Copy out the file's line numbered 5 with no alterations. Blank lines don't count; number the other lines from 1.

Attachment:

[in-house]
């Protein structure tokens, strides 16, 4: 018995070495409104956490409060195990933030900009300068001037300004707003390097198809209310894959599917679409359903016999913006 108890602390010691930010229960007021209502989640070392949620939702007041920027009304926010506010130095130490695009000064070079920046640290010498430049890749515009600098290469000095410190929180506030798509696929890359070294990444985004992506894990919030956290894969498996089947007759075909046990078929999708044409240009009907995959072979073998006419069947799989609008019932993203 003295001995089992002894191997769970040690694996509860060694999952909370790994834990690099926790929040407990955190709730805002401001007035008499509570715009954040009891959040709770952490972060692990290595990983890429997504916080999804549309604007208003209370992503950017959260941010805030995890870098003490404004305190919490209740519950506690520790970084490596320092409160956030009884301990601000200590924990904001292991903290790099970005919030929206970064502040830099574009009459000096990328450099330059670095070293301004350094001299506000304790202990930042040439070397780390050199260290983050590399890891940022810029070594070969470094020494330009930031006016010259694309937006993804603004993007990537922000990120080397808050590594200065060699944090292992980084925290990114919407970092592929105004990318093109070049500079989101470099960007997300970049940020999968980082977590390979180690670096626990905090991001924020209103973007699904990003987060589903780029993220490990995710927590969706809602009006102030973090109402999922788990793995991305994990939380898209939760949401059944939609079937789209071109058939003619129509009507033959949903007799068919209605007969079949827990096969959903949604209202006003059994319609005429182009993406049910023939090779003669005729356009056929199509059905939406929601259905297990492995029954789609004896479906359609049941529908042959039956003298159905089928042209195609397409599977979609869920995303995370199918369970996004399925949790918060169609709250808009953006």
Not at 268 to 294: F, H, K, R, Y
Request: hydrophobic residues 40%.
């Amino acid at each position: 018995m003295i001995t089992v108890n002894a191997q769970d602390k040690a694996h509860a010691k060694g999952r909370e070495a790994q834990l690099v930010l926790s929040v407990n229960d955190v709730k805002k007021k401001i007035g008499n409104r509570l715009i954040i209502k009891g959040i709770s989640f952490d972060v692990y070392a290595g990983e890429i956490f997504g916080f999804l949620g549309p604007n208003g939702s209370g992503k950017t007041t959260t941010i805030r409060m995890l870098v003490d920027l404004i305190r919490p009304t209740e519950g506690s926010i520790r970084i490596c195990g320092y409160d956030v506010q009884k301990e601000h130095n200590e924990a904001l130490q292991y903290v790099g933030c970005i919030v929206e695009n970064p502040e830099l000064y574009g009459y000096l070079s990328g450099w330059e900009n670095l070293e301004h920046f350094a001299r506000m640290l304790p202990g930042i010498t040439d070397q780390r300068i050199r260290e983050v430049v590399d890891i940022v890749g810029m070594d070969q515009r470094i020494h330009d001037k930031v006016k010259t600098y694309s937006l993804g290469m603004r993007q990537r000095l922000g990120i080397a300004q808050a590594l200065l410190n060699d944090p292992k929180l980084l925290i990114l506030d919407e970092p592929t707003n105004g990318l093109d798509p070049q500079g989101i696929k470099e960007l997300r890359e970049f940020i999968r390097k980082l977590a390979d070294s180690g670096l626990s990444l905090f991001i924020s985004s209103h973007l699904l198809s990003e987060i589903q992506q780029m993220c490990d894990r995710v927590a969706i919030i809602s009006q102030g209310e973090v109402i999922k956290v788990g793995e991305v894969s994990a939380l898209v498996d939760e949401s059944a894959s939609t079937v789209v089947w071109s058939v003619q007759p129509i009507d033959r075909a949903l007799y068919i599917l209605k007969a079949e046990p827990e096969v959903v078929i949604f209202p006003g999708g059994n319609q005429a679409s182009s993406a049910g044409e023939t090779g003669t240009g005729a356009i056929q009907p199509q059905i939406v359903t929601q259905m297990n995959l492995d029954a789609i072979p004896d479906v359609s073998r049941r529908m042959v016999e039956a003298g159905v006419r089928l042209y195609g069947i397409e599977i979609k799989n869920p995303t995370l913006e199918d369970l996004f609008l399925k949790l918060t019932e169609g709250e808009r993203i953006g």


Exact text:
């Amino acid at each position: 018995m003295i001995t089992v108890n002894a191997q769970d602390k040690a694996h509860a010691k060694g999952r909370e070495a790994q834990l690099v930010l926790s929040v407990n229960d955190v709730k805002k007021k401001i007035g008499n409104r509570l715009i954040i209502k009891g959040i709770s989640f952490d972060v692990y070392a290595g990983e890429i956490f997504g916080f999804l949620g549309p604007n208003g939702s209370g992503k950017t007041t959260t941010i805030r409060m995890l870098v003490d920027l404004i305190r919490p009304t209740e519950g506690s926010i520790r970084i490596c195990g320092y409160d956030v506010q009884k301990e601000h130095n200590e924990a904001l130490q292991y903290v790099g933030c970005i919030v929206e695009n970064p502040e830099l000064y574009g009459y000096l070079s990328g450099w330059e900009n670095l070293e301004h920046f350094a001299r506000m640290l304790p202990g930042i010498t040439d070397q780390r300068i050199r260290e983050v430049v590399d890891i940022v890749g810029m070594d070969q515009r470094i020494h330009d001037k930031v006016k010259t600098y694309s937006l993804g290469m603004r993007q990537r000095l922000g990120i080397a300004q808050a590594l200065l410190n060699d944090p292992k929180l980084l925290i990114l506030d919407e970092p592929t707003n105004g990318l093109d798509p070049q500079g989101i696929k470099e960007l997300r890359e970049f940020i999968r390097k980082l977590a390979d070294s180690g670096l626990s990444l905090f991001i924020s985004s209103h973007l699904l198809s990003e987060i589903q992506q780029m993220c490990d894990r995710v927590a969706i919030i809602s009006q102030g209310e973090v109402i999922k956290v788990g793995e991305v894969s994990a939380l898209v498996d939760e949401s059944a894959s939609t079937v789209v089947w071109s058939v003619q007759p129509i009507d033959r075909a949903l007799y068919i599917l209605k007969a079949e046990p827990e096969v959903v078929i949604f209202p006003g999708g059994n319609q005429a679409s182009s993406a049910g044409e023939t090779g003669t240009g005729a356009i056929q009907p199509q059905i939406v359903t929601q259905m297990n995959l492995d029954a789609i072979p004896d479906v359609s073998r049941r529908m042959v016999e039956a003298g159905v006419r089928l042209y195609g069947i397409e599977i979609k799989n869920p995303t995370l913006e199918d369970l996004f609008l399925k949790l918060t019932e169609g709250e808009r993203i953006g």